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Saturday, July 23, 2005

How to Argue About Jesus

The highlight of the past week in St. Louis with the Higher Things Youth Conference was undoubtedly the worship. You haven't lived until you've heard 1200 teenagers absolutely belting out all 10 verses of Salvation Unto Us has Come. People who say that you can't use traditional liturgy and hymnody with youth simply do not know what they are talking about.

I was the preacher at one of the services so I was sitting in the front able to see the faces of the congregation. And I can tell you that these high school men and women were singing and chanting away with gusto. They were, as a whole, more attentive and engaged than any congregation of adults I have ever witnessed - except for when I was in the Sudan.

But the other big strength of this week's conference were the sectionals. Since my wife and I were both leading sectionals ourselves, I did not have the opportunity to sit in on others as I would have liked. I did catch two superb presentations however.

Rev. Todd Wilken, of the Issues Etc. radio broadcast gave a fun and interesting presentation on UFOs.

But I was also deeply impressed with Pastor Klemet Preus's sectional entitled: How to Argue About Jesus. The room he was in seated 300 people. And I would guess that there were 350 in attendance. The title is intentionally provocative. "Argue" sounds so negative. And aren't Christians supposed to be positive people all the time?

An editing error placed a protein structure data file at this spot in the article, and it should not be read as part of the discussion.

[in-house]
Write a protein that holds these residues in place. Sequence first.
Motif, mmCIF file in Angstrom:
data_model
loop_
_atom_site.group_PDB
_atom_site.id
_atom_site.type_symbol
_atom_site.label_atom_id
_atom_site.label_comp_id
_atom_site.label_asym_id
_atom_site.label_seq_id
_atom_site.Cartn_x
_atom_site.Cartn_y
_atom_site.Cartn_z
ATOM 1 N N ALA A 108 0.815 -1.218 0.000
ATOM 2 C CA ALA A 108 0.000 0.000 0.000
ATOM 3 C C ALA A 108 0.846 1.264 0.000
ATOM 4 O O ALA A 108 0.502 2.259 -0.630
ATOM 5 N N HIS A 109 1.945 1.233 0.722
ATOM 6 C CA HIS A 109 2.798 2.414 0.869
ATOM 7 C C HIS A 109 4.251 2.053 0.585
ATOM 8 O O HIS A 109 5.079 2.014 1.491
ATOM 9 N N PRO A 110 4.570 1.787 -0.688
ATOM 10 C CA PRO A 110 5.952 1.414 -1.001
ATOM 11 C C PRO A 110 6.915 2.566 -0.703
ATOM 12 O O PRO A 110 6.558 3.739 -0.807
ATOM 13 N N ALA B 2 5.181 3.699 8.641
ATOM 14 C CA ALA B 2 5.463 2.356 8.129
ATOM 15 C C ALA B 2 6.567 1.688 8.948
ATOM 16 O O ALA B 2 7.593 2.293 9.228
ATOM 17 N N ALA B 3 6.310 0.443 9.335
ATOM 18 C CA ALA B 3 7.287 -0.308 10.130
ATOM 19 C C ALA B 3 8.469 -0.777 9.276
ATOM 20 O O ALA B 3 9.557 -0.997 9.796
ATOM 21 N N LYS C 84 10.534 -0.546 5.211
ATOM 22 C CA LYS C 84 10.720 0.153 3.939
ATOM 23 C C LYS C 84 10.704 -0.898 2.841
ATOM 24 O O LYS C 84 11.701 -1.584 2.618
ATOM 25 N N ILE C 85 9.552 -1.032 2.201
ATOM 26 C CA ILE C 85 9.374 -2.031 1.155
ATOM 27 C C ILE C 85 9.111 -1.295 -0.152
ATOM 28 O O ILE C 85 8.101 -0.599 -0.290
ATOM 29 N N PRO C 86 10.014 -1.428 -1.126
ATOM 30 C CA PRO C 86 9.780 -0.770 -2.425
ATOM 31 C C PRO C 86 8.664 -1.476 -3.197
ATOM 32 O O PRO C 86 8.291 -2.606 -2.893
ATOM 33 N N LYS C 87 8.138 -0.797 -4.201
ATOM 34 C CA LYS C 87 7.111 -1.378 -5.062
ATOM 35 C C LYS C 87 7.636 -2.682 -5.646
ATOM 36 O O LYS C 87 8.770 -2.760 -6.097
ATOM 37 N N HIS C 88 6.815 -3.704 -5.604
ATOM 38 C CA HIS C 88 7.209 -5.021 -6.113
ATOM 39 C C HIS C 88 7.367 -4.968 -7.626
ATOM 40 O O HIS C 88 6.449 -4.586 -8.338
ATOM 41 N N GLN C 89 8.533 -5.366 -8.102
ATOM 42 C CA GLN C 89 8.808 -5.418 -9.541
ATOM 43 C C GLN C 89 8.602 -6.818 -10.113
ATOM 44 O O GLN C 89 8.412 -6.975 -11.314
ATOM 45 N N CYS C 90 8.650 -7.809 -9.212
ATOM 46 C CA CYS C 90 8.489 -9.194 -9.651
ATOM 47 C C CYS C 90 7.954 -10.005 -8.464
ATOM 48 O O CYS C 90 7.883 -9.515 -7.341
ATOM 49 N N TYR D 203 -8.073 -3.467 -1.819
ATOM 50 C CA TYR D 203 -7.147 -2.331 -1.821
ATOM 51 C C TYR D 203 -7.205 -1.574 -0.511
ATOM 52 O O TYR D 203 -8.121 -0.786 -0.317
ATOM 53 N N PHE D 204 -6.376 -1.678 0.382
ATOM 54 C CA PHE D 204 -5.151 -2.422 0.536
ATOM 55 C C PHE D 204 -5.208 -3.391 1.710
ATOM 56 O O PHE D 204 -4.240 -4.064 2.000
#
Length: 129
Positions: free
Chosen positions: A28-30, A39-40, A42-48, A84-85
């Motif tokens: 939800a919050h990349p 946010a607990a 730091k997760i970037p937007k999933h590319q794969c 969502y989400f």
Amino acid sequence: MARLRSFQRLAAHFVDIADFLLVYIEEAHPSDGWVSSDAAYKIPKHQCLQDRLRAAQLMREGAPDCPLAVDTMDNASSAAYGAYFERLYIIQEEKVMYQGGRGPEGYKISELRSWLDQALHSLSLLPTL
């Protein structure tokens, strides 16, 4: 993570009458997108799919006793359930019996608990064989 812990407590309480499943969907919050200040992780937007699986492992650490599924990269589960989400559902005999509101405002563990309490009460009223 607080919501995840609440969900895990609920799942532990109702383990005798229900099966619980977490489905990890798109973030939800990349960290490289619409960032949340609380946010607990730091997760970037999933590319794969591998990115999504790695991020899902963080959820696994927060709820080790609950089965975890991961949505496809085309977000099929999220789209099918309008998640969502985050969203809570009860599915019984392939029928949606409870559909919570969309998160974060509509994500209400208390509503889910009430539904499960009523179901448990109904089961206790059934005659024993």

But Pr. Preus does us a favor by defining argument for us as simply explaining the reasons one has for one's beliefs. And then arguing about Jesus becomes not only acceptable, but a biblical mandate for all Christians. Essentially, this was a presentation on critical thinking, logic and debate in relation to spreading the Christian message. Preus clarified that we only fight because we don't know how to argue.

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1 comment:

cwv warrior said...

The passion and Spirit sound awesome. My sons like hymns and tradition over "worhsip and praise" songs. They also like passionate, driven music. I guess it's in the depth of both the music complexity and emotion. Well, the joy must have been something to behold!
As far as arguing, there's got to be something to that. Rhetoric is something I'd love to know about. On the other hand, listening to people debate, I have noticed people rarely change their minds, or hearts. Dr. Francis Schaeffer has an interesting approach. Do you know of it?

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